What Traditional Medicine and the Scientific Community Says
  • The medical community understands jet lag to be a disruption of the body's natural circadian rhythms, which is in line with the core principles of Ayurveda. Doctors offer similar advice about staying hydrated with water and avoiding caffeine when flying.
  • Drinking warm milk is typical grandmotherly advice, but the belief that it's the tryptophan in this beverage that makes one sleepy has actually not been proven. Rather, like a warm mug of chamomile tea, the medical community only references that the act of drinking something warm and soothing comforts us and therefore helps with relaxation before bed. So drink up the milk and/or the tea, taking it in with all your senses. (Which by the way, is another very Ayurvedic thing to do!)
  • Ginger is typically associated with relieving an upset stomach and aiding in digestion. In Ayurveda it has many reported benefits, including being good for lubrication of the joints and for circulation, which could be helpful when one is seated in a cramped airplane for hours. (Stretching regularly, of course, is also recommended.) WebMD mentions ginger as a way to treat muscle soreness and low back pain, likely because of its ability to reduce inflammation. I can see how that would be useful after sitting in the airplane seats, which don't appear to have been designed for anyone I know.
  • Another "non-FDA approved" aspect of this remedy is the topical use of sesame oil. Ayurveda recommends sesame oil quite a bit, especially for self massage to promote general health. There are a few studies that show the topical use of sesame oil might be "useful," particularly as an ingredient for alleviating knee pain from osteoarthritis and inhibiting the growth of malignant melanoma. Unrelated I know, but if there's some evidence circulating for such conditions (which in my opinion, are much worse than something like jet lag!), I don't doubt sesame oil's power. It's also had many uses throughout history. Plus, who doesn't love a massage?

My Blog, My Soapbox
Like anything else, there are conflicting viewpoints about whether techniques like the Ayurvedic jet lag remedy I described above really work. Without scientific research, many such remedies are looked upon with skepticism. Here's my personal view:
  • these remedies have been around for thousands of years and are in line with nature
  • more scientific studies are being conducted about yoga and meditation, showing they really work--I wouldn't be surprised if in the future, many more "unproven" techniques are supported by data. I'd rather not wait, and experience them for myself in the present.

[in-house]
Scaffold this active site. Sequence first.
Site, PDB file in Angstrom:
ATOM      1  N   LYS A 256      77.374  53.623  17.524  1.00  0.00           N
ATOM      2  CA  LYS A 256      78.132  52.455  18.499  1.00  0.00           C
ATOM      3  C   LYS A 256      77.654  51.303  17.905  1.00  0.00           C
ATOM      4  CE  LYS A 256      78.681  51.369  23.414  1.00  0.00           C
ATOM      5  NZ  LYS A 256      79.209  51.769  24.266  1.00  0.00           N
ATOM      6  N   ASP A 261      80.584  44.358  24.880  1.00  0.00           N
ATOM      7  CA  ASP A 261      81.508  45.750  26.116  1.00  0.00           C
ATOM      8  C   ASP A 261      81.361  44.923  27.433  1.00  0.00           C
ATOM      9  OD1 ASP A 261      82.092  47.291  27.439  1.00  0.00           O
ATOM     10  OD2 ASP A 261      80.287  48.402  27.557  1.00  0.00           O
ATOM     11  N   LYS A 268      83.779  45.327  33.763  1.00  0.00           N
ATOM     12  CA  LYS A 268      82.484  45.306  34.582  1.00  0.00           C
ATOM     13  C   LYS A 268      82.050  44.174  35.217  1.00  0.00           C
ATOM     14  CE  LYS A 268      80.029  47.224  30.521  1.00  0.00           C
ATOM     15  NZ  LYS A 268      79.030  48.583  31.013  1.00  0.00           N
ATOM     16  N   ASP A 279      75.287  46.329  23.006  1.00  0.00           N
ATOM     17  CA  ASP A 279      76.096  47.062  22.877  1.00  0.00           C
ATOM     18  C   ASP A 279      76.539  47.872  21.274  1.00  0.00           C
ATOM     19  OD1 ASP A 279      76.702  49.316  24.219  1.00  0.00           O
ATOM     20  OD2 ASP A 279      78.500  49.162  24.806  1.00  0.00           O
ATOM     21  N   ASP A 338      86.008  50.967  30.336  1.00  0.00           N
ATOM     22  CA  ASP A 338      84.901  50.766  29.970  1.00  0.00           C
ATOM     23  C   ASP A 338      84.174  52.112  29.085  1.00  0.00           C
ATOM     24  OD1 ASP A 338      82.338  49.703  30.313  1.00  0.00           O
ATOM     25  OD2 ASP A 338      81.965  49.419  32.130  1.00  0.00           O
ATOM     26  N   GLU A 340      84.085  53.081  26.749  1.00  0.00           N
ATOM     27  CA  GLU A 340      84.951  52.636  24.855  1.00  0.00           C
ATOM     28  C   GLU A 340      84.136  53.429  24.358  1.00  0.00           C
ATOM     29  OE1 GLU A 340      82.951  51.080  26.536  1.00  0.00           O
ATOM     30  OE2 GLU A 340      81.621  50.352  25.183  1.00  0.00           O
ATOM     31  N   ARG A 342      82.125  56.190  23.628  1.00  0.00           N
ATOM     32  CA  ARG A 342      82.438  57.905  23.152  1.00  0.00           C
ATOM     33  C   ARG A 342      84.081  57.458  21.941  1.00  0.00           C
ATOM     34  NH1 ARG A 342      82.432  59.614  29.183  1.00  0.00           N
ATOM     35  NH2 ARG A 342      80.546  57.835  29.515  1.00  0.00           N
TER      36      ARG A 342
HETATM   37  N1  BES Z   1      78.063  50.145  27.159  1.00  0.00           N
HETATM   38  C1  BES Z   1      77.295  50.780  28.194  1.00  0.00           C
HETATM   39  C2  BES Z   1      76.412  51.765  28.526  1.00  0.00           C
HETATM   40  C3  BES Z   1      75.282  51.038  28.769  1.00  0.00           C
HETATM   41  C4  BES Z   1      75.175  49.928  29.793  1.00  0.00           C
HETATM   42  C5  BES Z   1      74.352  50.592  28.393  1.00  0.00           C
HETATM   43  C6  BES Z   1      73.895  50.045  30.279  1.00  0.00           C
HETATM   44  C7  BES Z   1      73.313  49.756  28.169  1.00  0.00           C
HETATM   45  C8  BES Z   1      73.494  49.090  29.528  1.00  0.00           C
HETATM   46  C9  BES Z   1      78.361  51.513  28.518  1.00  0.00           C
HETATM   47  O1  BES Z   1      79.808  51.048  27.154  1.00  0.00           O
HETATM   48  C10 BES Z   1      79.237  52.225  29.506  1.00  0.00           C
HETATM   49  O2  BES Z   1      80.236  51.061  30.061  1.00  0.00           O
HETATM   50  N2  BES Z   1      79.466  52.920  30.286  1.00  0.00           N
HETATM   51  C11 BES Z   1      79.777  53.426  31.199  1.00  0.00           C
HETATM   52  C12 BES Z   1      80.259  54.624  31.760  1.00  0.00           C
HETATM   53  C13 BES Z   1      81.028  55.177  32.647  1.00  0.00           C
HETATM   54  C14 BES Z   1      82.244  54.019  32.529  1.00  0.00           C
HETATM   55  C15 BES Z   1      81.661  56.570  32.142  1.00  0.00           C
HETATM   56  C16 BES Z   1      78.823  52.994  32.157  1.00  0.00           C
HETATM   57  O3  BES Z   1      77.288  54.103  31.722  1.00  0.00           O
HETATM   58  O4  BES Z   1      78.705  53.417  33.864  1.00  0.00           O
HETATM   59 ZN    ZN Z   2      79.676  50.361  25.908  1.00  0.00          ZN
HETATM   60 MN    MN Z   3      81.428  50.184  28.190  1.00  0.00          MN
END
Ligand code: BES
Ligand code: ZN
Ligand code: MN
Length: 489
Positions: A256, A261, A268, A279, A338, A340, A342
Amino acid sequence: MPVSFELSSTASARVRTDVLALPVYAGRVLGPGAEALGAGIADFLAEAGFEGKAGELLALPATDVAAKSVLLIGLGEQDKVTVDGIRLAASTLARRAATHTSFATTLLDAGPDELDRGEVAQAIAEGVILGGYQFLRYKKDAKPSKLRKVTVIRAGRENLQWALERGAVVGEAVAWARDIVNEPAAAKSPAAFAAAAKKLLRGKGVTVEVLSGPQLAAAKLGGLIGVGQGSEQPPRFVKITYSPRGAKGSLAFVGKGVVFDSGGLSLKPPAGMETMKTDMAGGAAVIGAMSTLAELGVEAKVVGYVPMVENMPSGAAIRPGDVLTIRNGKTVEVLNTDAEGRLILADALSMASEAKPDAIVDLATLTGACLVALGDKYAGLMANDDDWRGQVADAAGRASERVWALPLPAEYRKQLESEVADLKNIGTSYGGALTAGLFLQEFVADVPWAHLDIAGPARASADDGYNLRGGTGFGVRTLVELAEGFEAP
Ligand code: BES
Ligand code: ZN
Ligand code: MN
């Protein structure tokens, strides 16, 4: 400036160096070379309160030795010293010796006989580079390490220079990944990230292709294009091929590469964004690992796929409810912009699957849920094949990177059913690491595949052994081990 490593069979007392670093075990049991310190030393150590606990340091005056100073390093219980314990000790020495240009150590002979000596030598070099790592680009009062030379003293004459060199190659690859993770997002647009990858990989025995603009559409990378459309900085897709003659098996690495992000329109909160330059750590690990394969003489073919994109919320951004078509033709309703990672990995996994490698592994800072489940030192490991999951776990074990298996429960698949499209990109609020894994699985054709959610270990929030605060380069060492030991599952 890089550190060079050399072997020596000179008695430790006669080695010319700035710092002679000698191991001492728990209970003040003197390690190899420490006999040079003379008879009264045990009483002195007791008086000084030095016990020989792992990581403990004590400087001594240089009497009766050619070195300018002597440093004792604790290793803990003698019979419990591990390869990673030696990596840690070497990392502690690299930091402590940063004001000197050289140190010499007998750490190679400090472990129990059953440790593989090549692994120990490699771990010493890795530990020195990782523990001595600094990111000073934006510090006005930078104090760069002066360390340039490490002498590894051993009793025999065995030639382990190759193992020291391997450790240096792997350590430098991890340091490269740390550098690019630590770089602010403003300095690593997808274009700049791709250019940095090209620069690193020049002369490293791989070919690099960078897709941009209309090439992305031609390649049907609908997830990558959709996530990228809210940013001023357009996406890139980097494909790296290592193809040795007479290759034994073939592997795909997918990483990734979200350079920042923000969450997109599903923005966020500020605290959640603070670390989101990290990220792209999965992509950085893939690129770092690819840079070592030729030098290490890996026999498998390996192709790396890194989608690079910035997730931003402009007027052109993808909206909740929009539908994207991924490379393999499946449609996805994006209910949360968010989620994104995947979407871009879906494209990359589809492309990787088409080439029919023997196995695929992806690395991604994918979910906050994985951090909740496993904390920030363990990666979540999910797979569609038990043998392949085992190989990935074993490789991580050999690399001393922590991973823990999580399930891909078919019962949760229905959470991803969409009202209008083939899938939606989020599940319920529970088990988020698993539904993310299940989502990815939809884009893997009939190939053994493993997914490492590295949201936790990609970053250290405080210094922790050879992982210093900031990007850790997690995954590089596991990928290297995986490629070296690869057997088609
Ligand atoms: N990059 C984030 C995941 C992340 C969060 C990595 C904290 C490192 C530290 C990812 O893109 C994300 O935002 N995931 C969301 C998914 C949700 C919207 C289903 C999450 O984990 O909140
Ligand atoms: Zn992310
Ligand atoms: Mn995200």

• many of them are easy enough to try (though you may have to shop around for supplies)
  • given the list of side effects listed for prescription and over-the-counter medications these days, I don't worry much about taking herbs
  • whether its a placebo effect or not, if it works for me, I'll continue doing it
  • if it doesn't work for me, I'll try something else, no big deal!
The caveat of course, is if one is sensitive to certain things, has existing medical conditions that require medications with which herbs might interfere, or is worried about side effects. One should always talk with their health care providers about what they're doing to make sure a remedy is safe to explore (but don't be surprised if they don't think it will actually help!).

16 September 2012

Poor Kids, Rich Kids, and Food

Today's post is a guest blog from Justin Locke, a long-time kindred spirit on the road to good mental and emotional health. This nutrition-focused excerpt from his new book, "Getting in Touch with Your Inner Rich Kid," got me thinking about my recent food issues in new ways. I hope it also inspires some new ways of thinking for some of you.

Desire and the Refusal Experience
One of the biggest differences between poor kids and rich kids is this: poor kids are taught that desire is bad. This is because when a poor kid wants something, there is a very high likelihood that when they express that desire, they will encounter a painful “refusal experience.”